The name of the place is the purpose of the space at CREATE at Arizona Science Center, a new maker space where students can use equipment ranging from circuits to 3D printers to unleash their creativity and grow their skills in science, technology, engineering and math.
“Kids are always wondering and asking questions here as well as in the main building, but here it gives them the opportunity to come up with really unique questions like, ‘How does a 3D printer work?’ ‘What can I make?’ ‘Can I make a pencil?’ ‘Can I make a camera out of the 3D printer and the laser cutter here?’” said Michele Meyer, marketing manager for Arizona Science Center.
When Kyrene Community Education considered expanding its STEM offerings to include a Saturday program for middle-school students, it reached out to CREATE at Arizona Science Center.
“We have seen huge interest from schools like Kyrene to come in here and use this facility for different purposes, for offerings that they’re doing that may not have this type of space and set up, and we’ve partnered with them,” Meyer said.
CREATE at Arizona Science center is a maker space designed for people of all ages and grew from the rebirth of people creating items themselves, Meyer said. A maker space is a creative, do-it-yourself place that has become popular in recent years where people can gather to create, invent, and learn.
“It’s going around word of mouth that CREATE at Arizona Science Center has these 3D printing classes, laser cutting classes, sewing classes and more,” Meyer said. “If you can think it up, I’m sure you can actually make it here or at least get started on it.”
Students on field trips can come in to take different classes, and older students have the opportunity to do 3D printing, learn laser cutting, do coding, sew, paint, solder and so much more, Meyer said.
It’s rewarding seeing parents and kids working on creating something together, and “we definitely want to see more of that happen here where generations are communicating with each other and learning from each other,” Meyer said.
CREATE at Arizona Science Center trained five teachers in Kyrene Community Education’s before- and after-school program in the skills and techniques they’d need to show students, said Nancy Dudenhoefer, assistant director of marketing and communications for Kyrene School District.
Teachers trained eight hours a day for three Saturdays and worked on projects on their own time as well, said Marissa Dzubak, a Kyrene Community Education instructor.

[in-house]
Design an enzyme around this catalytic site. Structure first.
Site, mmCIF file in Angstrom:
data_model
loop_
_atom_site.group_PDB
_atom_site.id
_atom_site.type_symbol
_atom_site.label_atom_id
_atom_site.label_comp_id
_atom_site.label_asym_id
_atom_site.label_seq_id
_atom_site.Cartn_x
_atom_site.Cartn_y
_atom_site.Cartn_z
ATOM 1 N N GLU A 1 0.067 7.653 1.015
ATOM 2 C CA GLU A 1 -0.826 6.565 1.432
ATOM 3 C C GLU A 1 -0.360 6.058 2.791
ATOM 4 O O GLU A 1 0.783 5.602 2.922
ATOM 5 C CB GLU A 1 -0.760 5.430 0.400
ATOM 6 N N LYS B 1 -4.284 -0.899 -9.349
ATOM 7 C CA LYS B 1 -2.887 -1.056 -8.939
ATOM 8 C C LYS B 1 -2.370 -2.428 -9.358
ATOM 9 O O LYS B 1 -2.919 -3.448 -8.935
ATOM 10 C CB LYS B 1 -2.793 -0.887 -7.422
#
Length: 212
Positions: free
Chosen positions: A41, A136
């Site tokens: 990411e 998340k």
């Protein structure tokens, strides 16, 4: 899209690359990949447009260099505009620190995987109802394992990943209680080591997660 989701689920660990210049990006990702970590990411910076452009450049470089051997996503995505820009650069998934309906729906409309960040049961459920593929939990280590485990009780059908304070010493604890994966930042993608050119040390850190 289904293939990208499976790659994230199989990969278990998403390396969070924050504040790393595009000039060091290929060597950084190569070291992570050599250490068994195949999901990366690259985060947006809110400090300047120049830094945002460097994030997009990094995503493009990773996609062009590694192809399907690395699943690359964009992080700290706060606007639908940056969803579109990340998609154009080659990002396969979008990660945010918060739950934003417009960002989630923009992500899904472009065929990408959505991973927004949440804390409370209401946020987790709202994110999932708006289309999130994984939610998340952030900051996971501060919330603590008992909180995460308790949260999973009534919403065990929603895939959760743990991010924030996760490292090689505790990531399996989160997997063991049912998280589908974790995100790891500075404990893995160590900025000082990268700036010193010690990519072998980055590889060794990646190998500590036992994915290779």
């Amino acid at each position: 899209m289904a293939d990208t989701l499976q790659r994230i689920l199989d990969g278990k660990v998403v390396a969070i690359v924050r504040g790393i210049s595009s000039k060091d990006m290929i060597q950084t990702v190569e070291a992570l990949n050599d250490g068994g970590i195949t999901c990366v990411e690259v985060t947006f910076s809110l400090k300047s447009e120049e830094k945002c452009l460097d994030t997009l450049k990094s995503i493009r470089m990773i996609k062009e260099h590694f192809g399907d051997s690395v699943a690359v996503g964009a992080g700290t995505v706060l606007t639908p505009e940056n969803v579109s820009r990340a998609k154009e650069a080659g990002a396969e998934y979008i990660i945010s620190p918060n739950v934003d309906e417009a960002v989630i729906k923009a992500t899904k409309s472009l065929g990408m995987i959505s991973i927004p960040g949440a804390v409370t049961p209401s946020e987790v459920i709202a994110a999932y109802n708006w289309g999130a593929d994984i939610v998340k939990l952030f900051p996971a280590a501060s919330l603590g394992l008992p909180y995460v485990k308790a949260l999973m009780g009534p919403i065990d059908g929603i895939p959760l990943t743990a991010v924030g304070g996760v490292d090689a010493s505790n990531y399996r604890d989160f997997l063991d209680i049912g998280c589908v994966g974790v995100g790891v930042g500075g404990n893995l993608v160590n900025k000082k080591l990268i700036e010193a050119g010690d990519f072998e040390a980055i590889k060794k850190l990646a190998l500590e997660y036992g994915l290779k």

“The idea was for us to be able to teach and train district employees, so we’ve helped classes on how to keep older kids focused on new- and long-term projects after school,” Dzubak said.
For example, instructors took what they learned from their training to help students make their own pinball machines from scratch and create 3D nametags, Dzubak said.
“Last week, we did the 3D printer and it was really fun. I liked working with the littleBits too, you can do whatever you want with it,” said Merrie Pressman, a seventh-grader.
The training makes teachers “more comfortable doing these project-based, challenge activities, said Steven Weiner, program director at CREATE at Arizona Science Center
“It gives them more confidence in their own ability to run activities like this and use the tools we use here,” Weiner said. “It opens their eyes to this as a mode of learning.”
While one group of students worked on the chain reaction machine, another group worked on laptops in Minecraft, an online game, to take certain actions that made some nearby littleBits, or circuits, light up, make noise or move.
“It’s really cool, because we can do something in Minecraft that will do something in real life,” said Jackson Dazis, a seventh-grader. “I also like working with other people, because it’s really boring doing things by yourself.”
Sohan Gawali, a sixth grader, said “It involves new technology and a game, which makes it really fun.”
“I like Minecraft and learning new stuff that I never knew about in Minecraft,” said Rigel Lind, a sixth-grader.
“We’ve been able to do so much with our kids to get their minds thinking,” Dzubak said. “It’s more hands on. The kids are excited, because it’s not something other kids are doing.”
Gilbert Espinoza, a sixth-grader said he likes learning about new things, getting closer to science and making new friends.
“Some of my friends have never done this before, and I’m glad that I have this opportunity to do this,” Espinoza said.
“I think what’s most rewarding for the kids is that they are taking part in a very genuine learning process where the arbiter of their success is them,” Weiner said. “They can see if they succeed or fail, but don’t need to see someone else grade them.”
Students discuss the processes they used, and they learn how to respond to criticism, Weiner said.
This first Saturday STEM program for older students has been so successful that it will be offered at all Kyrene middle schools next year, Dudenhoefer said.
“My brother’s going to take this class next year,” Lind said.